Researchers Have Developed a Potential Blood Test for Autism

First of Their Kind

Researchers at the University of Warwick have developed two tests that could potentially detect autism in children. Both tests, one blood, and one urine are based on a previously discovered link between damage to proteins in blood plasma and autism. The team believes the tests to be the first of their kind, and hope that they could help improve early detection of autism spectrum disorders (ASD).

The study, published in the journal Molecular Autism, confirmed previous research that had linked certain mutations in amino acid transporters with ASD. Since proteins in blood plasma can be damaged by two processes, oxidation and glycation, and the researchers developed tests that can detect that damage.

Armed with this knowledge and using the most reliable of the tests they developed, the team took urine and blood samples from 38 children with ASD, as well as a control group of 31 children who had not been diagnosed with ASD. With the help of an artificial intelligence (AI)-developed algorithm, the team figured out how the two groups were chemically different.

“With further testing we may reveal specific plasma and urinary profiles or “fingerprints” of compounds with damaging modifications,”, Reader of Experimental Systems Biology at the University of Warwick and the research team’s lead. “This may help us improve the diagnosis of ASD and point the way to new causes of ASD.”

Researchers still do not completely understand why people develop autism. About 30-35% of cases of ASD are linked to genetic variants, but there is no exact formula for predicting autism. As with many other conditions, genetics, environment, and other factors all play a role. In recent years, there’s even been evidence proposed that gut bacteria could indicate whether or not a person has an ASD.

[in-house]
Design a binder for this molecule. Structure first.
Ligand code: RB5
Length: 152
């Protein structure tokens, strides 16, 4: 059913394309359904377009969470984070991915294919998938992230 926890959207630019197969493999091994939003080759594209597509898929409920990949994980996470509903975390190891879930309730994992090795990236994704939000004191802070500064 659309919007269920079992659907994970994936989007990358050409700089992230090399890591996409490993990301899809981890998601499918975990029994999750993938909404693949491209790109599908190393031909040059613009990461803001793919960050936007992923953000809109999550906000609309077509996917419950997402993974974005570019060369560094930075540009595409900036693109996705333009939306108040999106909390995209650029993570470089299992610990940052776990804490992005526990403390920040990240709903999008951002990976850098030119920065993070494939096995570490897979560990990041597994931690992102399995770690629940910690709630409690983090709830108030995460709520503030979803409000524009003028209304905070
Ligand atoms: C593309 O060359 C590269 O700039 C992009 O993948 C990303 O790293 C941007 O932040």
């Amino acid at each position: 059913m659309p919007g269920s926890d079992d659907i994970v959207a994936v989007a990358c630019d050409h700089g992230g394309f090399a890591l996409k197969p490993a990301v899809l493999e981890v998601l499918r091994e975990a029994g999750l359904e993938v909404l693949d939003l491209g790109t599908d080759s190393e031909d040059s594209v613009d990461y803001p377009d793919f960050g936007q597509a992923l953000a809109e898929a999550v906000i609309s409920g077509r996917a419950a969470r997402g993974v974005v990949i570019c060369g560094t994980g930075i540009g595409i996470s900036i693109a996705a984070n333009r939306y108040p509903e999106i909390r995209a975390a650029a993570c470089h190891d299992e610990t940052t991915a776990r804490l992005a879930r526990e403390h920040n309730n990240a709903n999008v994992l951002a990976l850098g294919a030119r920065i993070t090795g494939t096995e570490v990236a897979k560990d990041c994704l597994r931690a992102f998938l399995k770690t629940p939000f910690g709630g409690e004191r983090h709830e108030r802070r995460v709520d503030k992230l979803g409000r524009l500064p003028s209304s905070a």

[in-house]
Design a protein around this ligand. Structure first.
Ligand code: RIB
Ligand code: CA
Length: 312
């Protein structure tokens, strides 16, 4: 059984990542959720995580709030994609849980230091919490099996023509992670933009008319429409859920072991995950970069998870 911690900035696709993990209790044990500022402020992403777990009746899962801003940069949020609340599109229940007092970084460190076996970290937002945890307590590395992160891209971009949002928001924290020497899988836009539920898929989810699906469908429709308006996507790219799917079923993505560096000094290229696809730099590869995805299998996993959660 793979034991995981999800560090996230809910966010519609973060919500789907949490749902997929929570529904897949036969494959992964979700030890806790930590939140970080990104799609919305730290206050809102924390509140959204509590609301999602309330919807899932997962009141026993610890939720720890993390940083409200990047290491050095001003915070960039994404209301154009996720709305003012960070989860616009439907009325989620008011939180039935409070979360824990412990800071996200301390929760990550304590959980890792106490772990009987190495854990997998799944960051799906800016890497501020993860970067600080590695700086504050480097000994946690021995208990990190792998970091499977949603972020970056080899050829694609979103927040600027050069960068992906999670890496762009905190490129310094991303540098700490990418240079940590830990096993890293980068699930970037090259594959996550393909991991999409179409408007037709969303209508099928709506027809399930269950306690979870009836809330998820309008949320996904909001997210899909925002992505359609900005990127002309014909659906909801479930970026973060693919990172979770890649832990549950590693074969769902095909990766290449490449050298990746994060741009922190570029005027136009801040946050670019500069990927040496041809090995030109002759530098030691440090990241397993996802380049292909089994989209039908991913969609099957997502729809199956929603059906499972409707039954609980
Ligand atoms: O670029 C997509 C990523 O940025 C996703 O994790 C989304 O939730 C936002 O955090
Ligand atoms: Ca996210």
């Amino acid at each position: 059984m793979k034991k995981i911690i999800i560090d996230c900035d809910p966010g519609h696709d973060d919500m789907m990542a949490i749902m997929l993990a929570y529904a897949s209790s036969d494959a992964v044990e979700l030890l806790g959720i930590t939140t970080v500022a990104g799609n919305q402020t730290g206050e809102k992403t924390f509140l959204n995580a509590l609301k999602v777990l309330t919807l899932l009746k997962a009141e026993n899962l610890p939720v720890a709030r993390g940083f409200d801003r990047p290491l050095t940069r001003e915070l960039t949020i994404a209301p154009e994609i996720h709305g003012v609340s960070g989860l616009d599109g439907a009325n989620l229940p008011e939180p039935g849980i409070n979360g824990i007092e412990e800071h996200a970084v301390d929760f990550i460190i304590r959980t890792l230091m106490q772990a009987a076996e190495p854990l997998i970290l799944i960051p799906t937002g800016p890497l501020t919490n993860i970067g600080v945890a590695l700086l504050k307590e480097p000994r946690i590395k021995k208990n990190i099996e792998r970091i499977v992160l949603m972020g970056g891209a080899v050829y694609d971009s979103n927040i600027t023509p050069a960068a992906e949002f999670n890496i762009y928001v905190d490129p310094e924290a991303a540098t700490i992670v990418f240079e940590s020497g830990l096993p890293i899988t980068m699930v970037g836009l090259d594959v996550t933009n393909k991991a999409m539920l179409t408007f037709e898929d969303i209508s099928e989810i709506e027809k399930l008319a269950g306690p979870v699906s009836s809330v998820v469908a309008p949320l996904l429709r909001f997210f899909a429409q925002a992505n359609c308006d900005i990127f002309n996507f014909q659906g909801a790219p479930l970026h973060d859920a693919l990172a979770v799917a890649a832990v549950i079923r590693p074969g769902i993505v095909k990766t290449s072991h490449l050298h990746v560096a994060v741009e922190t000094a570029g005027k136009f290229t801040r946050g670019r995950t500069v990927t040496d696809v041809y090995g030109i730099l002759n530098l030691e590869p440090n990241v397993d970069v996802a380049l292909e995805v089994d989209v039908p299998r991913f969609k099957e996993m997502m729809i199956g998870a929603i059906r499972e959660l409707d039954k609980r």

Finding biomarkers for ASD wouldn’t be far off what the team from Warwick has accomplished, as their research demonstrated that measuring protein damage could be a reliable indicator of whether or not a child has ASD.

“Our discovery could lead to earlier diagnosis and intervention,” said Rabbani, “We hope the tests will also reveal new causative factors.”

ASD cases are characterized by a wide variety of symptoms that can range from mild behavioral issues to debilitating compulsive behavior, anxiety, cognitive impairment, and much more. Because its symptoms are so varied and the causes aren’t yet fully understand, diagnosis and treatment can be an arduous journey.

If tests can be developed that allow families to receive a diagnosis sooner, it will give them the ability to seek intervention earlier, too. Which can be essential for helping kids with ASD, and their families, navigate the world and improve their quality of life.

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Brains on a battery: Low-power neural net developed, phones could follow

Low-power neural network developed

Researchers at MIT have paved the way to low-power neural networks that can run on devices such as smartphones and household appliances. Andrew Hobbs explains why this could be so important for connected applications and businesses.